By Sajjad Shaukat Pak VT
During a recent visit in Islamabad, Russian Foreign Minister Sergey Lavrov met Prime Minister Imran Khan, Foreign Minister Shah Mahmood Qureshi and Chief of Army Staff General Qamar Javed Bajwa. In their interactions, the entire range of ties and enhancing understanding on mutual areas of interest particularly in the fields of security and defence, energy, counter-terrorism, economy and trade including Afghan peace process was discussed. They agreed to further promote cooperation in this regard.
Qureshi said that he also briefed his Russian counterpart about the gravity of the human rights situation in the Indian Occupied Kashmir.
Gen. Bajwa, while talking to Lavrov, stated that Pakistan welcomes all initiatives which can bring peace and stability in Afghanistan, as the whole region will benefit from it.
The statement issued by the Russian foreign ministry termed the situation in Afghanistan a “common concern”, elaborating, “We look forward to an early finding of a constructive solution in order to end the civil war in Afghanistan through agreements on the formation of an inclusive government with the participation of the Taliban movement”.
Russia, like Pakistan, China and Iran, is concerned that the US withdrawal from Afghanistan without a prior peace deal could jeopardise regional security.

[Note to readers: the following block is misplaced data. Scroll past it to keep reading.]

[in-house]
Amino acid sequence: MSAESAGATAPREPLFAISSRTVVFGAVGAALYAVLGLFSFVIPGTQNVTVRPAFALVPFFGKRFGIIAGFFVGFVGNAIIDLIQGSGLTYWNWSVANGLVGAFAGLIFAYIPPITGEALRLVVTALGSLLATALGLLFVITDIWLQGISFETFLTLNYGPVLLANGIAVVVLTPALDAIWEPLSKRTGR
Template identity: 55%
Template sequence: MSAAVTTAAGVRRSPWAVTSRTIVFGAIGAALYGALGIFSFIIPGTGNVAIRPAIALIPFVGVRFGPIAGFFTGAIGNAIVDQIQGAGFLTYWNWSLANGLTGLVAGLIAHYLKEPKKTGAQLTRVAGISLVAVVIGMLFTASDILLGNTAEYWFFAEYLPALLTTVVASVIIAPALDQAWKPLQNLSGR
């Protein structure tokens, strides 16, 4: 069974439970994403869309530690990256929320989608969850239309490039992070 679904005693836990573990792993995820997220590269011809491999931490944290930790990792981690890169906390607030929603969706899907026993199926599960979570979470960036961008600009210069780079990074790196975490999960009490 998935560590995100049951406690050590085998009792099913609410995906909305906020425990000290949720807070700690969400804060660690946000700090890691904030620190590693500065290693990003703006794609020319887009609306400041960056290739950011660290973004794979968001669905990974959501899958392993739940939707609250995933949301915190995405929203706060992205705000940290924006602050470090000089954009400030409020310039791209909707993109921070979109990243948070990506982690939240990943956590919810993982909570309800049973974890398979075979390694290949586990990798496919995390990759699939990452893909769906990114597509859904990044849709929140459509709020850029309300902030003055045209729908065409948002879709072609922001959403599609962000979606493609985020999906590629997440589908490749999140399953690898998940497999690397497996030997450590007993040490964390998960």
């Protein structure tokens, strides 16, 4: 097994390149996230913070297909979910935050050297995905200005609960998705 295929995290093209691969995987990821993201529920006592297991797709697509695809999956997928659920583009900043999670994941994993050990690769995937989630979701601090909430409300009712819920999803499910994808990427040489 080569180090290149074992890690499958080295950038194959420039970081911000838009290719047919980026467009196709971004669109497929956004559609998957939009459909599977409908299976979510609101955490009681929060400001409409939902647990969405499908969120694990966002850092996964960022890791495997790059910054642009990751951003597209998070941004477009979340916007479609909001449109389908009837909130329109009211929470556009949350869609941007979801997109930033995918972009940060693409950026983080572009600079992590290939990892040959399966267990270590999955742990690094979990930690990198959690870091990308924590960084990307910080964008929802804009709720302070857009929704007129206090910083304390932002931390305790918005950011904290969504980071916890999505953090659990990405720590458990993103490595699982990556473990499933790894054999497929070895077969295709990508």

With the US strengthening its military alliances with India, Russia has parallelly been growing closer to China, while ignoring Indian concerns about its closeness to Pakistan.
The emerging shift in geopolitical dynamics has pushed Russia closer to Pakistan, with the two countries sharing common interests and similar strategic aims.
Notably, after the end of the Cold War, the US left both Pakistan and Afghanistan to face the fallout of the Afghan war 1.
After the 9/11 tragedy, America, again, needed Pakistan’s help. Pakistan was granted the status of non-NATO ally by the US due to the early successes, achieved by Pakistan’s Army and Inter-Services Intelligence (ISI) against the Al-Qaeda militants.
But, when the US-led allies felt that they are failing in coping with the stiff resistance of the Taliban in Afghanistan, especially America started accusing Pak Army and ISI of supporting the Afghan Taliban.
When the US-led NATO decided to end the prolonged war in Afghanistan and to withdraw their forces, again, Washington needed Pakistan’s assistance. Since the US Special Representative for Afghan Reconciliation Ambassador Zalmay Khalilzad started his efforts to convince the Taliban to have direct talks with the US, he admitted that Pakistan has been playing a major role which also resulted into the US and the Taliban agreement in Doha-the capital of Qatar on February 29, this year.
US Secretary of State Mike Pompeo had, particularly, thanked Islamabad for efforts in helping reach the agreement.
And America which has signed several agreements, including defence pact with India, is still supporting New Delhi to counterbalance China.
In the recent past, during his visit to New Delhi, US Secretary of State Pompeo along with Defense Secretary Mark Esper, the US and India signed a pact to share sensitive satellite and map data, as Pompeo warned of the threat posed by an increasingly assertive China.